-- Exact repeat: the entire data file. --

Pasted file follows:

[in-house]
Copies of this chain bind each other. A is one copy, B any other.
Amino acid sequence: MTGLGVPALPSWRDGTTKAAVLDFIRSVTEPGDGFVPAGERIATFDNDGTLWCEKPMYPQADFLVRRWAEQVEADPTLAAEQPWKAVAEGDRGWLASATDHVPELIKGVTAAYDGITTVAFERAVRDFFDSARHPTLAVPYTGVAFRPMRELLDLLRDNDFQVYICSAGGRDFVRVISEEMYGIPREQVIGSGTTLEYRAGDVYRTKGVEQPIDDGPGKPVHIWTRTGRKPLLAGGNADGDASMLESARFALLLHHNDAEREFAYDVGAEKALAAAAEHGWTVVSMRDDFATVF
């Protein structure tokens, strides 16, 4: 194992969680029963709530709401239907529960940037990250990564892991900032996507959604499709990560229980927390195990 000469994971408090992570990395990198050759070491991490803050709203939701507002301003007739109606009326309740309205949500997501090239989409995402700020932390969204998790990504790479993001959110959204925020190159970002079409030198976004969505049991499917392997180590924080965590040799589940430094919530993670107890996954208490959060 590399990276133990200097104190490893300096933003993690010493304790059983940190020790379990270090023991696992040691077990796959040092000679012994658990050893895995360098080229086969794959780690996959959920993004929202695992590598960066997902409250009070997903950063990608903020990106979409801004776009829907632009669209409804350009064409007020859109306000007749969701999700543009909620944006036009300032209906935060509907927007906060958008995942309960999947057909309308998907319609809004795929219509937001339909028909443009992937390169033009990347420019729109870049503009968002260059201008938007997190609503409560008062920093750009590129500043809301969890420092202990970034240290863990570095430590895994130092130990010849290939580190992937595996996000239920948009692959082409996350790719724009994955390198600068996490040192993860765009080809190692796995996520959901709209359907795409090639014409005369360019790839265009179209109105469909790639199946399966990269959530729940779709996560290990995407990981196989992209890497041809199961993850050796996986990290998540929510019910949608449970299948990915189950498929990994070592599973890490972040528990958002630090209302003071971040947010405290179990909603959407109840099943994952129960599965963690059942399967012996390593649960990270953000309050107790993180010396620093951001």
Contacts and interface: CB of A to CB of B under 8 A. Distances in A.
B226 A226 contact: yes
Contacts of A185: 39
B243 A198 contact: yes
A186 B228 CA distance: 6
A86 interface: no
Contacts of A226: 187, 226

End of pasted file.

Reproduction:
[in-house]
Copies of this chain bind each other. A is one copy, B any other.
Amino acid sequence: MTGLGVPALPSWRDGTTKAAVLDFIRSVTEPGDGFVPAGERIATFDNDGTLWCEKPMYPQADFLVRRWAEQVEADPTLAAEQPWKAVAEGDRGWLASATDHVPELIKGVTAAYDGITTVAFERAVRDFFDSARHPTLAVPYTGVAFRPMRELLDLLRDNDFQVYICSAGGRDFVRVISEEMYGIPREQVIGSGTTLEYRAGDVYRTKGVEQPIDDGPGKPVHIWTRTGRKPLLAGGNADGDASMLESARFALLLHHNDAEREFAYDVGAEKALAAAAEHGWTVVSMRDDFATVF
């Protein structure tokens, strides 16, 4: 194992969680029963709530709401239907529960940037990250990564892991900032996507959604499709990560229980927390195990 000469994971408090992570990395990198050759070491991490803050709203939701507002301003007739109606009326309740309205949500997501090239989409995402700020932390969204998790990504790479993001959110959204925020190159970002079409030198976004969505049991499917392997180590924080965590040799589940430094919530993670107890996954208490959060 590399990276133990200097104190490893300096933003993690010493304790059983940190020790379990270090023991696992040691077990796959040092000679012994658990050893895995360098080229086969794959780690996959959920993004929202695992590598960066997902409250009070997903950063990608903020990106979409801004776009829907632009669209409804350009064409007020859109306000007749969701999700543009909620944006036009300032209906935060509907927007906060958008995942309960999947057909309308998907319609809004795929219509937001339909028909443009992937390169033009990347420019729109870049503009968002260059201008938007997190609503409560008062920093750009590129500043809301969890420092202990970034240290863990570095430590895994130092130990010849290939580190992937595996996000239920948009692959082409996350790719724009994955390198600068996490040192993860765009080809190692796995996520959901709209359907795409090639014409005369360019790839265009179209109105469909790639199946399966990269959530729940779709996560290990995407990981196989992209890497041809199961993850050796996986990290998540929510019910949608449970299948990915189950498929990994070592599973890490972040528990958002630090209302003071971040947010405290179990909603959407109840099943994952129960599965963690059942399967012996390593649960990270953000309050107790993180010396620093951001």
Contacts and interface: CB of A to CB of B under 8 A. Distances in A.
B226 A226 contact: yes
Contacts of A185: 39
B243 A198 contact: yes
A186 B228 CA distance: 6
A86 interface: no
Contacts of A226: 187, 226